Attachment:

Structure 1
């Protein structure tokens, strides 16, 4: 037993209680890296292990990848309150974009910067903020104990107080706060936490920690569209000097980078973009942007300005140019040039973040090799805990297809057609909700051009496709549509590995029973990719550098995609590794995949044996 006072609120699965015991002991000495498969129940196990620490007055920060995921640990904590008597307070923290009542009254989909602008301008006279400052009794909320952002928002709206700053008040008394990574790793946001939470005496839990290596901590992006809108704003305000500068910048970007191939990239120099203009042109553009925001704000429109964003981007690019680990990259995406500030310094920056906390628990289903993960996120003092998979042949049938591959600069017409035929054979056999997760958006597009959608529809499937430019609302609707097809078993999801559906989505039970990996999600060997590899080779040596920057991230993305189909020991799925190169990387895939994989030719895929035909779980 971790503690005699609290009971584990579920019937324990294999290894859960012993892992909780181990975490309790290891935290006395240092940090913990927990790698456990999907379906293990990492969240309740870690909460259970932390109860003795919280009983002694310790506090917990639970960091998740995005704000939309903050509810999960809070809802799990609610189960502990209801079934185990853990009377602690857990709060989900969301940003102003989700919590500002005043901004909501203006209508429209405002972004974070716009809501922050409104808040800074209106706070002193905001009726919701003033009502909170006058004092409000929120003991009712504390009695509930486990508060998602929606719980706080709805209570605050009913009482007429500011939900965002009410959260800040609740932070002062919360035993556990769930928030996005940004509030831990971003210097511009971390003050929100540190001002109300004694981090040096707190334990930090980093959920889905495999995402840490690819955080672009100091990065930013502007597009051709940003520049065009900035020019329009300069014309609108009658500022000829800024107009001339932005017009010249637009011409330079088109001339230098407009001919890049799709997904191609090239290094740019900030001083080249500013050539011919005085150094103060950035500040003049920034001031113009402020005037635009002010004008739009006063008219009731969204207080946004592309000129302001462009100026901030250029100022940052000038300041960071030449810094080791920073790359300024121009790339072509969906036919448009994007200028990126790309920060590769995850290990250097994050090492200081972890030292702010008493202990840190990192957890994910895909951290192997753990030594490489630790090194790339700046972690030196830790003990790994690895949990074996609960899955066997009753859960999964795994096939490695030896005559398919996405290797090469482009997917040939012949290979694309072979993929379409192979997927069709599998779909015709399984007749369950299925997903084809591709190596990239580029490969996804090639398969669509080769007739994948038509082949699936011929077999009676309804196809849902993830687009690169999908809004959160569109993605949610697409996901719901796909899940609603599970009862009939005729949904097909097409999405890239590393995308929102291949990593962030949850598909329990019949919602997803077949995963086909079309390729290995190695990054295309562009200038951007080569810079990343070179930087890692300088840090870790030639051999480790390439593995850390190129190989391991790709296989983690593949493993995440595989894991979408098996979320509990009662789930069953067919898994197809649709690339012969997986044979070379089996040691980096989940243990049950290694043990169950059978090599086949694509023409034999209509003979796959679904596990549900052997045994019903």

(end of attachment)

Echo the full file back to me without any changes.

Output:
Structure 1
């Protein structure tokens, strides 16, 4: 037993209680890296292990990848309150974009910067903020104990107080706060936490920690569209000097980078973009942007300005140019040039973040090799805990297809057609909700051009496709549509590995029973990719550098995609590794995949044996 006072609120699965015991002991000495498969129940196990620490007055920060995921640990904590008597307070923290009542009254989909602008301008006279400052009794909320952002928002709206700053008040008394990574790793946001939470005496839990290596901590992006809108704003305000500068910048970007191939990239120099203009042109553009925001704000429109964003981007690019680990990259995406500030310094920056906390628990289903993960996120003092998979042949049938591959600069017409035929054979056999997760958006597009959608529809499937430019609302609707097809078993999801559906989505039970990996999600060997590899080779040596920057991230993305189909020991799925190169990387895939994989030719895929035909779980 971790503690005699609290009971584990579920019937324990294999290894859960012993892992909780181990975490309790290891935290006395240092940090913990927990790698456990999907379906293990990492969240309740870690909460259970932390109860003795919280009983002694310790506090917990639970960091998740995005704000939309903050509810999960809070809802799990609610189960502990209801079934185990853990009377602690857990709060989900969301940003102003989700919590500002005043901004909501203006209508429209405002972004974070716009809501922050409104808040800074209106706070002193905001009726919701003033009502909170006058004092409000929120003991009712504390009695509930486990508060998602929606719980706080709805209570605050009913009482007429500011939900965002009410959260800040609740932070002062919360035993556990769930928030996005940004509030831990971003210097511009971390003050929100540190001002109300004694981090040096707190334990930090980093959920889905495999995402840490690819955080672009100091990065930013502007597009051709940003520049065009900035020019329009300069014309609108009658500022000829800024107009001339932005017009010249637009011409330079088109001339230098407009001919890049799709997904191609090239290094740019900030001083080249500013050539011919005085150094103060950035500040003049920034001031113009402020005037635009002010004008739009006063008219009731969204207080946004592309000129302001462009100026901030250029100022940052000038300041960071030449810094080791920073790359300024121009790339072509969906036919448009994007200028990126790309920060590769995850290990250097994050090492200081972890030292702010008493202990840190990192957890994910895909951290192997753990030594490489630790090194790339700046972690030196830790003990790994690895949990074996609960899955066997009753859960999964795994096939490695030896005559398919996405290797090469482009997917040939012949290979694309072979993929379409192979997927069709599998779909015709399984007749369950299925997903084809591709190596990239580029490969996804090639398969669509080769007739994948038509082949699936011929077999009676309804196809849902993830687009690169999908809004959160569109993605949610697409996901719901796909899940609603599970009862009939005729949904097909097409999405890239590393995308929102291949990593962030949850598909329990019949919602997803077949995963086909079309390729290995190695990054295309562009200038951007080569810079990343070179930087890692300088840090870790030639051999480790390439593995850390190129190989391991790709296989983690593949493993995440595989894991979408098996979320509990009662789930069953067919898994197809649709690339012969997986044979070379089996040691980096989940243990049950290694043990169950059978090599086949694509023409034999209509003979796959679904596990549900052997045994019903």